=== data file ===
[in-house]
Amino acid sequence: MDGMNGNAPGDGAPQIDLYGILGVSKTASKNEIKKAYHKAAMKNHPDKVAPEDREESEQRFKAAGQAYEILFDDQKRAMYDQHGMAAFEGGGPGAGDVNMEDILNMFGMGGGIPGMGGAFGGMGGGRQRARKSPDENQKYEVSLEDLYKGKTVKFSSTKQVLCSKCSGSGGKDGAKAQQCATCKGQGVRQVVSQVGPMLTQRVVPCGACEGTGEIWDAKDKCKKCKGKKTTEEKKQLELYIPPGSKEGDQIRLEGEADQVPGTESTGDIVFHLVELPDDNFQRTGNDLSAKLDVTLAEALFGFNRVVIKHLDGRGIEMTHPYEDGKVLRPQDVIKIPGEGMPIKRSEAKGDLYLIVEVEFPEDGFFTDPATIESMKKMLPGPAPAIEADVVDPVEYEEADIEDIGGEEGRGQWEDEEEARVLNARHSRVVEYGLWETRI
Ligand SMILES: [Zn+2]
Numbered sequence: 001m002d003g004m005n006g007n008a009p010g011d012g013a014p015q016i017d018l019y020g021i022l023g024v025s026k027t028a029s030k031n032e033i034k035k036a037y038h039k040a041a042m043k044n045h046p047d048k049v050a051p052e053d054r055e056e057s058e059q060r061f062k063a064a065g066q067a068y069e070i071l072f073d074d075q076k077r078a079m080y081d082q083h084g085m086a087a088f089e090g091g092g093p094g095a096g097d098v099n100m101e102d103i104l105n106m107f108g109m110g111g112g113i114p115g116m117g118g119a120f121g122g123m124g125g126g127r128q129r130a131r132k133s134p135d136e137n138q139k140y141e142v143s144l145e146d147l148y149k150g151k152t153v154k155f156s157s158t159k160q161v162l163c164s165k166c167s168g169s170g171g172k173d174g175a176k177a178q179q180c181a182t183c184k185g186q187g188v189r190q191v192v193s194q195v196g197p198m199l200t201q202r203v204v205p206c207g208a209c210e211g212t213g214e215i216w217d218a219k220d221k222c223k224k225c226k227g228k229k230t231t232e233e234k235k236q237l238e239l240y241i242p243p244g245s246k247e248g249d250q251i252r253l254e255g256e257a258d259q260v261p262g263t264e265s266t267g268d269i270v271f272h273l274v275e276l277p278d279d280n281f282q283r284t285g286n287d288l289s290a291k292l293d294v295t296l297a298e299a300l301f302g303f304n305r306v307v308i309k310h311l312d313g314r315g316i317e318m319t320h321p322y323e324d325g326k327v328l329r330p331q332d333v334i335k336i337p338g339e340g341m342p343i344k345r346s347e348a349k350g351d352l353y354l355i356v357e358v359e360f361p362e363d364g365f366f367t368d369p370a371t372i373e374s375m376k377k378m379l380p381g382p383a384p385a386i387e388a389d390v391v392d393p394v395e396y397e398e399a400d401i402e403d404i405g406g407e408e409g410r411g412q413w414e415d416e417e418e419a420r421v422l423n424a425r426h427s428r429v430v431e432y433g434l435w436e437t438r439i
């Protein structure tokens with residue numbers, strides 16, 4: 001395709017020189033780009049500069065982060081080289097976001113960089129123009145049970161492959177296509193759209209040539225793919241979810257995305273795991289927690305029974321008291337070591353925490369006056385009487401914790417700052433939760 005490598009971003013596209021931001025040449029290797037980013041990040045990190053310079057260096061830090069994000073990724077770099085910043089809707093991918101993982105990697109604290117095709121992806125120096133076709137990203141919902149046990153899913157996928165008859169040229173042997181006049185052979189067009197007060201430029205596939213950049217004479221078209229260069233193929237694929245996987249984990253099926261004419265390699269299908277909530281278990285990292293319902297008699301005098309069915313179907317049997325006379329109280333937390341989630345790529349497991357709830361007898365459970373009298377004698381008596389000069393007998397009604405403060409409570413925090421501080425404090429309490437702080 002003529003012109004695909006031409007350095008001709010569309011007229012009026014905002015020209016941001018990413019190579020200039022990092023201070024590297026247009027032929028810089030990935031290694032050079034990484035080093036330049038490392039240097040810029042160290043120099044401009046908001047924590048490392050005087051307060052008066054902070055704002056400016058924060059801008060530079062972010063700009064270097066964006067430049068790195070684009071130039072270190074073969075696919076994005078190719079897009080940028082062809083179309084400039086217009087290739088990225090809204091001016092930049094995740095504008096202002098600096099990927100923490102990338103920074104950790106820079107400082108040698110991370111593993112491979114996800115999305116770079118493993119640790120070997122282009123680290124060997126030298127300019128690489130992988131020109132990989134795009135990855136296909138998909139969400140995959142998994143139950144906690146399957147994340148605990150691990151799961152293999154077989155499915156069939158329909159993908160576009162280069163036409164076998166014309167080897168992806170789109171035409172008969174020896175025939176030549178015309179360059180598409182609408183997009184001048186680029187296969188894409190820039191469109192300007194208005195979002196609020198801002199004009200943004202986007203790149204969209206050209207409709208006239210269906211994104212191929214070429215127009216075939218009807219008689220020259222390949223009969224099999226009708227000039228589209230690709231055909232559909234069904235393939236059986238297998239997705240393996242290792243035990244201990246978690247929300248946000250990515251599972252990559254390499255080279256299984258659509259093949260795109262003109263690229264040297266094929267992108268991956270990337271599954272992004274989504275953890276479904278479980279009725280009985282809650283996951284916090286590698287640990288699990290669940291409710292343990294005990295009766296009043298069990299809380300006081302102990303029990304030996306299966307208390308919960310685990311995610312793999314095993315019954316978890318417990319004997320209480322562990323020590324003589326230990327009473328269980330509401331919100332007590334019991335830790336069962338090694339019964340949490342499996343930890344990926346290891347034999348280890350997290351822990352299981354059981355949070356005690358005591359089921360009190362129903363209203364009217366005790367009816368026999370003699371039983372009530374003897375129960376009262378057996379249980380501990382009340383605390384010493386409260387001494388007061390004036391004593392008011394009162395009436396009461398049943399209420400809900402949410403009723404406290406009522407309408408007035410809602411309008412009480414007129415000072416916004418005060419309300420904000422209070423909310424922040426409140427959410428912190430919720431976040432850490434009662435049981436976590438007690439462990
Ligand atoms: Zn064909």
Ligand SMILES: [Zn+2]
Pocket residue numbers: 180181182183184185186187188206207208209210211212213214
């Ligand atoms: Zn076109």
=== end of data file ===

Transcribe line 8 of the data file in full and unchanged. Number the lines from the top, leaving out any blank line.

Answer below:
Pocket residue numbers: 180181182183184185186187188206207208209210211212213214